Policy & Procedures Manual
Evaluation of Faculty Members
Since the University is responsible for maintaining high standards of performance in a wide variety of fields, it is essential that the faculty be composed of men and women of high personal and professional qualifications.
The rationale of evaluation procedures is to encourage and commend the faculty, to bring about improvement in the quality of performance, to recognize the contributions of the individual member, and thus to promote the excellence of the University. In addition, this assessment serves as a basis for decisions on remuneration, promotion, and retention.
At the end of each calendar year, faculty members are required to submit to the appropriate dean or director a report of their faculty activities in the areas of teaching/librarianship, research, and service. While teaching or librarianship is considered a primary function of the faculty, any sustained evaluation will focus on the three faculty functions as expressed in The Teaching Responsibility or The Librarianship Responsibility.
Teaching. Minimal qualifications for appointment or promotion are character and the ability to teach, emotional maturity, and personal security. Some of the elements to be evaluated are experience; knowledge of subject matter; the capacity to organize a course in relationship to a sequence and to an area of knowledge; the ability to evaluate student performance, to formulate assignments, and to construct and administer tests; skill in presentation; interest in students; ability to stimulate youthful minds; capacity for cooperation; and an enthusiastic devotion to teaching. The responsibility of the teacher as a guide and friend properly extends beyond the walls of the classroom into other phases of the life of the student as a member of the University Community. It also involves the duty of initiating and improving educational methods both within and outside the department.
Librarianship. Minimal qualifications for appointment or promotion are character and the ability to perform professional library services, emotional maturity and personal security. Some of the elements to be evaluated are experience, knowledge of one's area(s) of responsibility in the library, the capacity to organize relevant resources for a subject area, the ability to evaluate the information and scholarship needs of the Marywood University Community as well as develop and provide access to information resources and services, skill in presentation, interest in students, ability to stimulate youthful minds, capacity for cooperation, and an enthusiastic devotion to education and the library profession. The responsibility of the librarian as a guide and friend properly extends beyond the walls of the classroom or library into other phases of the life of the student as a member of the University Community. It also involves the duty of initiating and improving informational and educational methods and services both within and outside the library.
Scholarship and Creativity. All members of the faculty must be persons of scholarly ability and attainments. Their qualifications are to be evaluated on the quality of their published and other creative work, the range and variety of their intellectual interests, their success in training students in scholarly methods, and their participation and leadership in professional associations and in the editing of professional journals. Attainment may be in the realm of scientific investigation, in the realm of constructive contributions, or in the realm of the creative arts.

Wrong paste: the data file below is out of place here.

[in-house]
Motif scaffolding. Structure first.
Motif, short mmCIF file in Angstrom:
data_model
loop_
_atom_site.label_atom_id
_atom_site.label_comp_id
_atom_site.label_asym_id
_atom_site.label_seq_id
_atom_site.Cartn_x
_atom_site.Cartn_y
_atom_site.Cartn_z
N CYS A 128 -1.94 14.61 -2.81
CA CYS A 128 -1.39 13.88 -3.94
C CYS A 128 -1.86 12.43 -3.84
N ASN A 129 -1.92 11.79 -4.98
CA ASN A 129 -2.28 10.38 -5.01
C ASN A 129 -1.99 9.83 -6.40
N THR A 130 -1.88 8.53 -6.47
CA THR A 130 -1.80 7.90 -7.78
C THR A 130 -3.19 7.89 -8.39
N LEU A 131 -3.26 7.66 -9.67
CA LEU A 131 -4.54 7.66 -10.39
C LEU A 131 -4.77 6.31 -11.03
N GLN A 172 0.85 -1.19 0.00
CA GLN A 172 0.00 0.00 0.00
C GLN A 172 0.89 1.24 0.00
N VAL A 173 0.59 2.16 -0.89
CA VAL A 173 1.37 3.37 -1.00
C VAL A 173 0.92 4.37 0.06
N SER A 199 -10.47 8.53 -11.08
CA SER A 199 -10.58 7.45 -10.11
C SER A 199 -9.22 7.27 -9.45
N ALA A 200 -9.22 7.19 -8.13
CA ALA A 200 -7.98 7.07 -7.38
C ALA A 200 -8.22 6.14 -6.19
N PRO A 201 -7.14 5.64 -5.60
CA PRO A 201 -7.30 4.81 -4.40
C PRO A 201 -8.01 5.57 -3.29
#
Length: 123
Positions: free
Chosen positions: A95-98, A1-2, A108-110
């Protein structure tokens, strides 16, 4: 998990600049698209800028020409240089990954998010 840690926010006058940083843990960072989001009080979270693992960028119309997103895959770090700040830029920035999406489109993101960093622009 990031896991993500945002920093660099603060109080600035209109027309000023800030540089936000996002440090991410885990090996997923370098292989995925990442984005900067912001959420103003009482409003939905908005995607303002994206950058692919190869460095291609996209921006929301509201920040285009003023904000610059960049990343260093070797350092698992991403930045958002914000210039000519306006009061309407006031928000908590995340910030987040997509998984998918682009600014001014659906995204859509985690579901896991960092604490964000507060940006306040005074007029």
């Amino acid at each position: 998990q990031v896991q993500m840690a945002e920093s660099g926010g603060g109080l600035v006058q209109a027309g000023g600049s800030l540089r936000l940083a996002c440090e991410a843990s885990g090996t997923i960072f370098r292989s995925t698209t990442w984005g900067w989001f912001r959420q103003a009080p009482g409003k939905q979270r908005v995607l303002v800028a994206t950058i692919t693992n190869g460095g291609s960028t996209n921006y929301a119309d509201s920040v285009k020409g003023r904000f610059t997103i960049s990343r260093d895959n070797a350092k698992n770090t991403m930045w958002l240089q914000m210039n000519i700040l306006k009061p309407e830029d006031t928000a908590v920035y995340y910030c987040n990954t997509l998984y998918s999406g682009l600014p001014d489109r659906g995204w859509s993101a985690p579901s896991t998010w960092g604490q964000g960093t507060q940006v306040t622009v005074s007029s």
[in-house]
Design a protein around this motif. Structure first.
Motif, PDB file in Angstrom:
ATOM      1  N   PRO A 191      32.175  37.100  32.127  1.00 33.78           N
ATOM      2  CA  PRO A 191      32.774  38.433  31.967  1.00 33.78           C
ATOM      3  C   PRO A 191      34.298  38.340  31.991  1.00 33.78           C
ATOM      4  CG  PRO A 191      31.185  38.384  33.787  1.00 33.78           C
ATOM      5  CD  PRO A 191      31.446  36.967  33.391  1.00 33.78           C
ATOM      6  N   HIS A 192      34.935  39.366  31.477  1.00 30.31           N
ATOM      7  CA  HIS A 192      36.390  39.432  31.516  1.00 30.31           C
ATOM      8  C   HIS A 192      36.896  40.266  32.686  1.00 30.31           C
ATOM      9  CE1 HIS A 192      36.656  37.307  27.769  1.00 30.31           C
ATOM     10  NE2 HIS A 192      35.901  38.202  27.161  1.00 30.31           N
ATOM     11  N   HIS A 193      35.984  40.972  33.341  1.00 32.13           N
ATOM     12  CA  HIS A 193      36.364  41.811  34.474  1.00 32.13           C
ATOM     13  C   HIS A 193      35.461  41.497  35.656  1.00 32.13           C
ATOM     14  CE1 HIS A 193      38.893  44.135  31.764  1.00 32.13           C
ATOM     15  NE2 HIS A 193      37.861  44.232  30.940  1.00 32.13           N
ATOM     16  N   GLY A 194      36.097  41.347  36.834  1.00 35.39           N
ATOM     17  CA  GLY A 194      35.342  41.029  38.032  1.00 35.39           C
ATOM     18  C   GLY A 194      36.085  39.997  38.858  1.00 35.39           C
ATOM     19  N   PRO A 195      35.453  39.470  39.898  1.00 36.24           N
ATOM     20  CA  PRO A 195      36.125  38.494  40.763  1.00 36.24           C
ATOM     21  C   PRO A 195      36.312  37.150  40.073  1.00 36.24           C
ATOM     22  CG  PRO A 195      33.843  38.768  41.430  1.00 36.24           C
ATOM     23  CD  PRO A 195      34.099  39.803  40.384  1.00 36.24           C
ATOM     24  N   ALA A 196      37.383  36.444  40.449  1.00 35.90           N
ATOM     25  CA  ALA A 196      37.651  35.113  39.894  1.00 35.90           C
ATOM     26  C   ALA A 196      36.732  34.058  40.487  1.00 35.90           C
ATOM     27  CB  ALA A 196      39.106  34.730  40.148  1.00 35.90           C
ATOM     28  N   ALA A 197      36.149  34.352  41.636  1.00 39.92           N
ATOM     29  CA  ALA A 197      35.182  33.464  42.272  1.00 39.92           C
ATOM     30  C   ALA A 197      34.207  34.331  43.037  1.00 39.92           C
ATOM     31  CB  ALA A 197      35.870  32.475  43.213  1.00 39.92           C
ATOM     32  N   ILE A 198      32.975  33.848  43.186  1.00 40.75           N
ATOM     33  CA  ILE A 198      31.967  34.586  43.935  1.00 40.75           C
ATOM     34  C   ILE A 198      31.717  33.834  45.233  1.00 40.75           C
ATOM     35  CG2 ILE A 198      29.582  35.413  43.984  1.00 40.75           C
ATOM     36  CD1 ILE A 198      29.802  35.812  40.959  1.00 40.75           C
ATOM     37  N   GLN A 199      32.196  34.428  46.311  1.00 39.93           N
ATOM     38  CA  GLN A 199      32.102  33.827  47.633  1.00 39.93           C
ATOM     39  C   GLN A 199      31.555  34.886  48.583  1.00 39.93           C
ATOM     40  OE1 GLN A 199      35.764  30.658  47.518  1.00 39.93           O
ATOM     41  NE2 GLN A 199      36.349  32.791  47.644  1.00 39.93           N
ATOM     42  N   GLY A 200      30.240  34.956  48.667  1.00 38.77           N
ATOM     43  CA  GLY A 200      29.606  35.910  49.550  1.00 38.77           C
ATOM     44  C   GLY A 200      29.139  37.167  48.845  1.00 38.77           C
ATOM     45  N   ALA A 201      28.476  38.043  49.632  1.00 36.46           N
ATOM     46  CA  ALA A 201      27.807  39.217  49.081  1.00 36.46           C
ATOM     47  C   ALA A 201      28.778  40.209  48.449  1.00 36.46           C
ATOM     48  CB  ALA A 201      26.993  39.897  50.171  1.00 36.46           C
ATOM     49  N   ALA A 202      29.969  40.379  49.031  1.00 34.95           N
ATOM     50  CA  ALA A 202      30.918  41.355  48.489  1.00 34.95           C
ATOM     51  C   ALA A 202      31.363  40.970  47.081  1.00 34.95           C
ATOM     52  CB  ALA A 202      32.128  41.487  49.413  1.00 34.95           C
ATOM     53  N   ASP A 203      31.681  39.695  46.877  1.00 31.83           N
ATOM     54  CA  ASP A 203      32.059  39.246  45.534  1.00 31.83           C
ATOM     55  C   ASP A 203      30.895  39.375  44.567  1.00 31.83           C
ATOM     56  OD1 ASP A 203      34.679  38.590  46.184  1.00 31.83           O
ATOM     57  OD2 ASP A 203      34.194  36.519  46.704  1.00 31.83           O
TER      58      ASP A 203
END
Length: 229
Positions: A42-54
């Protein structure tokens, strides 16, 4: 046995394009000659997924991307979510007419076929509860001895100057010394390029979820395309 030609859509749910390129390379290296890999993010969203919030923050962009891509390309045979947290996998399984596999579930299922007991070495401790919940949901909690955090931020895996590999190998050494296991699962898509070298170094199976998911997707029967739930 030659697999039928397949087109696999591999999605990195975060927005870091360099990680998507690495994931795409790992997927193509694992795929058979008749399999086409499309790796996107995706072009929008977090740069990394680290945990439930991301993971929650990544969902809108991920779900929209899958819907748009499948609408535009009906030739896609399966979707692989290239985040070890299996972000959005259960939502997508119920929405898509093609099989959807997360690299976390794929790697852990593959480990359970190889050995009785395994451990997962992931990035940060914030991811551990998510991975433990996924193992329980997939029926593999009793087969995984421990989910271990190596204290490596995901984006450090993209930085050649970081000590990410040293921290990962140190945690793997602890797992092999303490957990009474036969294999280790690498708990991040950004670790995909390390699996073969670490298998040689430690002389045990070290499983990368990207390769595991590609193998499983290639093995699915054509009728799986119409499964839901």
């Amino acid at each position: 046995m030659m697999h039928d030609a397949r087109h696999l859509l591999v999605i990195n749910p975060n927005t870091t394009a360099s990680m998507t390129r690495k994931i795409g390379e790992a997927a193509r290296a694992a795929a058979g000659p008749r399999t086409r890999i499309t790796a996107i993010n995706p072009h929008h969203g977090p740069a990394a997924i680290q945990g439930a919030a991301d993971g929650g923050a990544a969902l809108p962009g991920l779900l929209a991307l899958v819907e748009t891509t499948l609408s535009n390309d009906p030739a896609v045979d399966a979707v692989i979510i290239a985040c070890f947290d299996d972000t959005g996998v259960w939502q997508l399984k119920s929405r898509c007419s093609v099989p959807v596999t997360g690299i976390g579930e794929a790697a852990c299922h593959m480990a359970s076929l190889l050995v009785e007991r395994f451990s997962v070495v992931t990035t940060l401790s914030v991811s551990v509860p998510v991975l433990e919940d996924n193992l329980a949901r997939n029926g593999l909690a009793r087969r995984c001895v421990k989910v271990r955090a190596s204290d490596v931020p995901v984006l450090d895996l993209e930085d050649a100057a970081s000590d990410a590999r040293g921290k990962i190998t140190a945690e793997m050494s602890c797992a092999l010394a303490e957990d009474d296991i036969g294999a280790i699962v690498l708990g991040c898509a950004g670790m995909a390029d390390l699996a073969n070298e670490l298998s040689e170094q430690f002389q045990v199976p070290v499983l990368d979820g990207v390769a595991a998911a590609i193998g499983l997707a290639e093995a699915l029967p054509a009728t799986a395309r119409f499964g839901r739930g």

Service. The scope of the University's activities makes it appropriate for members of the staff to engage in many activities outside of the fields of teaching/librarianship and research. These may include participation in committee work and other administrative tasks, counseling, clinical duties, and special training programs. The University also expects many of its faculty members to render extramural services to schools, to industry, to local, state and national agencies, and to the public at large.
Faculty contributions in each of these areas must be assessed as objectively as possible. In order to facilitate the process, and to assess the whole record of the faculty member, the University utilizes a variety of means in addition to the Faculty Activities Report, including
Self Evaluation. The best motivation to continued improvement lies in accurate self-appraisal. Faculty members are encouraged to utilize self-evaluation as a tool for professional growth. They may wish to confer with the chairperson or a fellow teacher about this evaluation, in order to improve areas of deficiency.
Peer Evaluation. Objective judgments of peers regarding the quality of teaching/librarianship, research, or service are an important source of evaluative data.
Student Evaluation. The University recognizes the value and limitations of student appraisals of faculty members. It makes use of objective questionnaires to elicit student judgments on a number of facets of instruction on the campus as a whole and in regard to individual teachers.
At the end of each academic year, the department chairperson or appropriate director will conduct an evaluation of those faculty members serving on annual contracts in order to determine what progress has been made in meeting the conditions for promotion and tenure. The faculty member will be expected to submit a self-evaluation analysis to aid the department chairperson or director. Such data as relate to annual evaluation will become a part of the faculty member's permanent file.
07/01/89 - Reaffirmed with publication of Faculty Manual
04/17/04 - Revision approved by the President of the University as recommended by the Policy Committee of the University to include faculty librarians